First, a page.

1.3 This decision is issued by me following the establishment of the Workplace Relations Commission on 1 October 2015, as an Adjudication Officer who was an Equality Officer prior to 1 October 2015, in accordance with Section 84(3) of the Workplace Relations Act, 2015.
- Applications for Postponement of the Hearing
2.1 As required by Section 25(1) and as part of my investigation, I scheduled a hearing in relation to these complaints on the following dates namely: 20th September, 2018, 8th November, 2018 and 14th March, 2019. The Complainants sought and were granted postponements on medical grounds of the hearings that were scheduled to be held on each of these dates. Following the postponement of the hearing on 14th March, 2019, I wrote to the Complainant’s representative, Ms. Heather Rosen, and notified her that a further hearing date was being scheduled for 17th April, 2019. I informed Ms. Heather Rosen in this letter that it was noted the Complainants had already been granted a number of postponements of the hearing in relation to these complaints, and in the circumstances, no further applications for a postponement by them could be granted.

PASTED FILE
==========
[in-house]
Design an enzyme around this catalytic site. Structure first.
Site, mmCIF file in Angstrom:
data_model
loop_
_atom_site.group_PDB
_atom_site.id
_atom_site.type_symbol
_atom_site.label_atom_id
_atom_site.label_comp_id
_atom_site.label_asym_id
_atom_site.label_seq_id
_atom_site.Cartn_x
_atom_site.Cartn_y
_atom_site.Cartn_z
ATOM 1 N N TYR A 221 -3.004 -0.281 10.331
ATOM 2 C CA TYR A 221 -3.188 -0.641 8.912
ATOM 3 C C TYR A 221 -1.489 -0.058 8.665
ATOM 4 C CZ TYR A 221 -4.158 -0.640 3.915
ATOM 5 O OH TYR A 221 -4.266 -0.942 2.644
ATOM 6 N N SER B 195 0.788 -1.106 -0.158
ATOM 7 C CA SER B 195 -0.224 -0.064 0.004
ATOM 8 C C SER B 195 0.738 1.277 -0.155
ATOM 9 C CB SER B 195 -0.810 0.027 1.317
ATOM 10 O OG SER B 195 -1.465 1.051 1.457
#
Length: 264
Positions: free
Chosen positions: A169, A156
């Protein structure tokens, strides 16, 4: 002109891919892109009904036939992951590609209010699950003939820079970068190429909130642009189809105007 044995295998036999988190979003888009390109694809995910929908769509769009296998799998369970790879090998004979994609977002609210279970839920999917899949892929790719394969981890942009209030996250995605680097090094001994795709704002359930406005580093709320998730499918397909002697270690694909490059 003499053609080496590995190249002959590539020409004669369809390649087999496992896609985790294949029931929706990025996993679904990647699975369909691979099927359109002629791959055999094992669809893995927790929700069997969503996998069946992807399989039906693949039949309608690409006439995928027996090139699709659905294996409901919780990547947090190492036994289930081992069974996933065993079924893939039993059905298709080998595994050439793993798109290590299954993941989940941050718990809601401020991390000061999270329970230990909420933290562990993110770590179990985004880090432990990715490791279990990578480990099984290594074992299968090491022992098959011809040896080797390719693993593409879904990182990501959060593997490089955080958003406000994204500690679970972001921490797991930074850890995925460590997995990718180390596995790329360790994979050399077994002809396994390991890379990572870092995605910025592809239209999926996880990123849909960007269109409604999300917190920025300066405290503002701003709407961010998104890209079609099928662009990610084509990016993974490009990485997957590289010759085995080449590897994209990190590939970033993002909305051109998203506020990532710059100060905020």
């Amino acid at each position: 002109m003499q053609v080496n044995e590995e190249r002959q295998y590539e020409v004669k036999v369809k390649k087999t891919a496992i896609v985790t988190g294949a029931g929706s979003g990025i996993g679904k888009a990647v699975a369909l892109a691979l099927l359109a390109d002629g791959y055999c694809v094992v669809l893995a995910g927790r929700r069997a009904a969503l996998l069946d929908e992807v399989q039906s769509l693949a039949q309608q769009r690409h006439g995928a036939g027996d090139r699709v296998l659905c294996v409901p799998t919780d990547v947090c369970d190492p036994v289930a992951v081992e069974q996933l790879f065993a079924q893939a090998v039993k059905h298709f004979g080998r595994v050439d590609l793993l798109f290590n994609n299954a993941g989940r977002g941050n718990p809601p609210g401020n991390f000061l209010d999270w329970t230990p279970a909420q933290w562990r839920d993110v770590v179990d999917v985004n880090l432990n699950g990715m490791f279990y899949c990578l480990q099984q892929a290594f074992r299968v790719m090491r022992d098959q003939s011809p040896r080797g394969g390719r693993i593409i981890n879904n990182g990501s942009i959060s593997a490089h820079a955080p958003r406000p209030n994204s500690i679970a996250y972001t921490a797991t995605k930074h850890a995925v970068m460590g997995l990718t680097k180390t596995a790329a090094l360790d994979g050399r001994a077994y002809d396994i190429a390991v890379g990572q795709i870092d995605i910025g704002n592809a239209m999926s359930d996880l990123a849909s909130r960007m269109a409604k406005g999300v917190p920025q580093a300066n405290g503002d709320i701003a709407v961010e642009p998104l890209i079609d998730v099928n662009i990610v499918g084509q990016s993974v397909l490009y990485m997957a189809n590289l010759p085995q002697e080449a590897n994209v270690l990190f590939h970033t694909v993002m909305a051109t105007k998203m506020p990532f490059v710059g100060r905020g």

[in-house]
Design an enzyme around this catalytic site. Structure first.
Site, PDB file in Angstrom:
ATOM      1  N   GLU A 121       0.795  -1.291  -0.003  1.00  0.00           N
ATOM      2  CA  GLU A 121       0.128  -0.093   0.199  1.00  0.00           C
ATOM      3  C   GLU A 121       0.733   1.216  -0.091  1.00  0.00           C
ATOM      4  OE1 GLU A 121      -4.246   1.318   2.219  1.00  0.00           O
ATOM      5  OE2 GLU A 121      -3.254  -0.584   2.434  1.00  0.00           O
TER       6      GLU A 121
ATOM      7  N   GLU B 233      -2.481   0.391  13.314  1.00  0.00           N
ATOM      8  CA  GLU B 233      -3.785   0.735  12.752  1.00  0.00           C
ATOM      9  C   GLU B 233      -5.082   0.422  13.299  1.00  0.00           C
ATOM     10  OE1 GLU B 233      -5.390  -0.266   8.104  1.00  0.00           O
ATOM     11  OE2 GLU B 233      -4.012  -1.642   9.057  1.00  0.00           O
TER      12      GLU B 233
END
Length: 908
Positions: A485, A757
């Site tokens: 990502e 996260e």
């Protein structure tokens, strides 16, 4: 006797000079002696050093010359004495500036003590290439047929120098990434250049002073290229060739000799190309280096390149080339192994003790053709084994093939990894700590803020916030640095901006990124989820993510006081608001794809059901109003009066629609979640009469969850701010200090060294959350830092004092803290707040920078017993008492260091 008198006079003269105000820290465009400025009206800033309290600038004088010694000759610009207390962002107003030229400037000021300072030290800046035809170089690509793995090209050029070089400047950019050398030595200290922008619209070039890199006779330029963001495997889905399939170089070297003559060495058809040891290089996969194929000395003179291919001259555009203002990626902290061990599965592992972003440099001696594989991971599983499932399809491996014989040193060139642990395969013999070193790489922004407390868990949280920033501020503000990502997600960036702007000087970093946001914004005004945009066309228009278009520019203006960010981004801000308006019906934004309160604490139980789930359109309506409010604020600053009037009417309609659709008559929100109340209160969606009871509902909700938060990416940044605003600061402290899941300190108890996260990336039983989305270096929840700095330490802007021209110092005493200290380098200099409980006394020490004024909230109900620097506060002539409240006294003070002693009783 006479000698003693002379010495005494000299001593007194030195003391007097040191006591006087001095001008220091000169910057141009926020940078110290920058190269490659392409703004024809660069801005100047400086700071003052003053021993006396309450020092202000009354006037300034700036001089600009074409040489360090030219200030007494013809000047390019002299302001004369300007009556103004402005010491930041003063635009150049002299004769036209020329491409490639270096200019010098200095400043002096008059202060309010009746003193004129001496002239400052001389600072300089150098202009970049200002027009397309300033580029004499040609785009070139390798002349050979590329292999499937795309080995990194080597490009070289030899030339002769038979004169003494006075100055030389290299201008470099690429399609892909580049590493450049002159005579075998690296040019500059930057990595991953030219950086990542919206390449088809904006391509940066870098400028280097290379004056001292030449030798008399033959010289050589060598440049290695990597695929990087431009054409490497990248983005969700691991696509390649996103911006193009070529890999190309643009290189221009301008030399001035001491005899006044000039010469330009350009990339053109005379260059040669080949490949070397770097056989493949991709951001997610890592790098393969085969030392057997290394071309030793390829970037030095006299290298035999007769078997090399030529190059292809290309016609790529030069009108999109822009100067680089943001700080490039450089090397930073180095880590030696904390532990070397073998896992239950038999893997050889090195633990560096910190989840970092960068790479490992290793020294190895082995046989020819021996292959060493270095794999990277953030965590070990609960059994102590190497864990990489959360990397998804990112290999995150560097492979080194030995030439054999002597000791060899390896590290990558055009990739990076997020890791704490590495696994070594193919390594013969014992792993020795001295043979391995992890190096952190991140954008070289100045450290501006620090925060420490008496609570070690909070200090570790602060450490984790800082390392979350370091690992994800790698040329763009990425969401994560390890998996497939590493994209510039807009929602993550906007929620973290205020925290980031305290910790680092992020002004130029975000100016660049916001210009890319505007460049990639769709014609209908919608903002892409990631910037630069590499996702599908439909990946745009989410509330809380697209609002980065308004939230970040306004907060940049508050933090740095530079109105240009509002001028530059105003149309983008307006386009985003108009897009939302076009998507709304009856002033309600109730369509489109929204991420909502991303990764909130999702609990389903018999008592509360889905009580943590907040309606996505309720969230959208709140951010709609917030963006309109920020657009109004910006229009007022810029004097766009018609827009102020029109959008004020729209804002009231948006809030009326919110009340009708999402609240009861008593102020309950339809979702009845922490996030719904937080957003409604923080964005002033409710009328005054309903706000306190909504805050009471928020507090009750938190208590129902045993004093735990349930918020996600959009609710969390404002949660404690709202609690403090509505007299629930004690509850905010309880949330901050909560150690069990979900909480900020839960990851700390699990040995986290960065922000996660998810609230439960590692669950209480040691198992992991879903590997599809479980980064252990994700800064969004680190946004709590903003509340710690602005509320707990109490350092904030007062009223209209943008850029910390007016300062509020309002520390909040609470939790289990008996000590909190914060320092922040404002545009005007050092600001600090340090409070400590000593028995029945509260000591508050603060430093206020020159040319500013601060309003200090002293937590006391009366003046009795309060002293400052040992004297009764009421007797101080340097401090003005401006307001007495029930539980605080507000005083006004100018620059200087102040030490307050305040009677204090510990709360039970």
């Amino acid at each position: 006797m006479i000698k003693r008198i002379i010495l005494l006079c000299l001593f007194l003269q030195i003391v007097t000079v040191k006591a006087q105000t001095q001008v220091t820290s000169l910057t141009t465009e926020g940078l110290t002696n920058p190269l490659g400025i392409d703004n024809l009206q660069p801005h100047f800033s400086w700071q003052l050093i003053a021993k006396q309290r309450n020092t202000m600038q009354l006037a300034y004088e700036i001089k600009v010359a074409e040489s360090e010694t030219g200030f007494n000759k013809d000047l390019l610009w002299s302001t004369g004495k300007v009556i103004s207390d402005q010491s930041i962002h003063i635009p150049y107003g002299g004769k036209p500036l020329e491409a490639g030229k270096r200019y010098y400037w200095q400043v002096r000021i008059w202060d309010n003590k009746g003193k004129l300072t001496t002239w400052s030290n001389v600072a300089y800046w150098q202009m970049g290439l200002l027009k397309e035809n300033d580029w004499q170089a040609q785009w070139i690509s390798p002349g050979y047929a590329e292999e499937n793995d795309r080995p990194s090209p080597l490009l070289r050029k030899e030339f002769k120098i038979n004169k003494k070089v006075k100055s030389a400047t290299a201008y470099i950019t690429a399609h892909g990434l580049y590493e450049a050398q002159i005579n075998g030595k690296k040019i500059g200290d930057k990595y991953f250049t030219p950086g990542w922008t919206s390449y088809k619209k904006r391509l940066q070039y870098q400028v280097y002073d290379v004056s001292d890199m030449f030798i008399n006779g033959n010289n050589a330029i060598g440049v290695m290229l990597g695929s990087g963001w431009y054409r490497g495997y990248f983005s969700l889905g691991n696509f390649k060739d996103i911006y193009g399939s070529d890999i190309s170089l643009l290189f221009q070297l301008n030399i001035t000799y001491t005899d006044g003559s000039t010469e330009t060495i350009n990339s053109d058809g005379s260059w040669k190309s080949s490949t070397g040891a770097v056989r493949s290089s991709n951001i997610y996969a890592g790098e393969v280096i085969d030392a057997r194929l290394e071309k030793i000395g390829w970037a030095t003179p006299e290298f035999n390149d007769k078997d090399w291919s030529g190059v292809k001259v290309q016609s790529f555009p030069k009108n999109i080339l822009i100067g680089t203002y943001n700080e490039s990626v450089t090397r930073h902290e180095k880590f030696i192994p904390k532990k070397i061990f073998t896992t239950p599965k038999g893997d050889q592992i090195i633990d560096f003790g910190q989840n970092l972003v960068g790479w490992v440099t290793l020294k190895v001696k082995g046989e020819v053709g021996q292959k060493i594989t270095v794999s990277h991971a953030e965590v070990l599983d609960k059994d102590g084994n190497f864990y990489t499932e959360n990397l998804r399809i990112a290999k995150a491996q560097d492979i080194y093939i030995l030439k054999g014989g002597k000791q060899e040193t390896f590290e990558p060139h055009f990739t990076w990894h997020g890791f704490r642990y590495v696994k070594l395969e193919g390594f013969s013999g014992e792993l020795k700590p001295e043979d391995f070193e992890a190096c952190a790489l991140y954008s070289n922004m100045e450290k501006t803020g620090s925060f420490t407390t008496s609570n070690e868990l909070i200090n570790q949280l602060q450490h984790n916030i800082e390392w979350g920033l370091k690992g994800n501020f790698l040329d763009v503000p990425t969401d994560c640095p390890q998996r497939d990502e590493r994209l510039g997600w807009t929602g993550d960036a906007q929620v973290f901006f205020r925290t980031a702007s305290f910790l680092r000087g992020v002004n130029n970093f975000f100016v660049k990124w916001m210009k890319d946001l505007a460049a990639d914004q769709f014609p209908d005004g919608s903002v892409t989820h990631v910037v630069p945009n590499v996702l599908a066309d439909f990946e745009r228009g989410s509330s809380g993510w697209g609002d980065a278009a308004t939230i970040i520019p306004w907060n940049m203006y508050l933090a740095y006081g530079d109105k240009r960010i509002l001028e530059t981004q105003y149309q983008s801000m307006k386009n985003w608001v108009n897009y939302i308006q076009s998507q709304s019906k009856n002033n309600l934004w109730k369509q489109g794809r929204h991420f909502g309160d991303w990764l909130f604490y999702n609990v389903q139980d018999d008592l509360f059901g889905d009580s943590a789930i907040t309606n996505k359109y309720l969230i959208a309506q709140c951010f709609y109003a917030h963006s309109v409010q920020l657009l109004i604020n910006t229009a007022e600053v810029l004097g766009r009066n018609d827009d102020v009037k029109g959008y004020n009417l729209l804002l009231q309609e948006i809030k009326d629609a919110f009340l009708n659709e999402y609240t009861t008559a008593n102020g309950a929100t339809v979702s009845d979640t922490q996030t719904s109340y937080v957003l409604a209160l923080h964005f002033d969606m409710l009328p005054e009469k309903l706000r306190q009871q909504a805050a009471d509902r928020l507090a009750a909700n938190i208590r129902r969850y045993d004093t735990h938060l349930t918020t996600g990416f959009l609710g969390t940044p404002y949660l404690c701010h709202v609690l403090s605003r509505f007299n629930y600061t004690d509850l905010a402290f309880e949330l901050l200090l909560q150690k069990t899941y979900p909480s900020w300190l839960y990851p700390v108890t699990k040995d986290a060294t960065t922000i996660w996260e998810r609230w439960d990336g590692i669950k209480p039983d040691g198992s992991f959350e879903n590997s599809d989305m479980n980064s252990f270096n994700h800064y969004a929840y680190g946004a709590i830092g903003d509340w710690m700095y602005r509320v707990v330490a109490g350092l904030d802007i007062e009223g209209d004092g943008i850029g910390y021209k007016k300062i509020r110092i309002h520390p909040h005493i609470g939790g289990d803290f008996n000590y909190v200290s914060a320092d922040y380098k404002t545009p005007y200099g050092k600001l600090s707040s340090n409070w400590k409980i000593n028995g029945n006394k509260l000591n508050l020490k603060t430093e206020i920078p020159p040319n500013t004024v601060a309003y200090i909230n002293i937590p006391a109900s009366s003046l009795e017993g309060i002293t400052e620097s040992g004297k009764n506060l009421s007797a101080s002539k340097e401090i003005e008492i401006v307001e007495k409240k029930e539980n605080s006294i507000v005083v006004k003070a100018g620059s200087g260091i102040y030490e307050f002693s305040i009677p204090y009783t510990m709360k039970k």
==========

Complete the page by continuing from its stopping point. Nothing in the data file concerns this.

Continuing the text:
2.2 The Complainants’ representative, Ms. Rosen, sent a letter to the WRC’s Post Registration Unit dated 8th April, 2019 seeking a further postponement of the hearing which was scheduled for 17th April, 2019 on the basis that one of Mr. and Mrs. Sherlock’s children had an urgent dental appointment and that another of their children had a different appointment on that date. Ms. Rosen indicated in her letter that she would submit relevant documentation in support of the application for a postponement. However, Ms. Rosen failed to submit the relevant documentation in support of the application for a postponement and the WRC informed her on 15th April, 2019 that the application was refused and the hearing would proceed as scheduled on 17th April, 2019.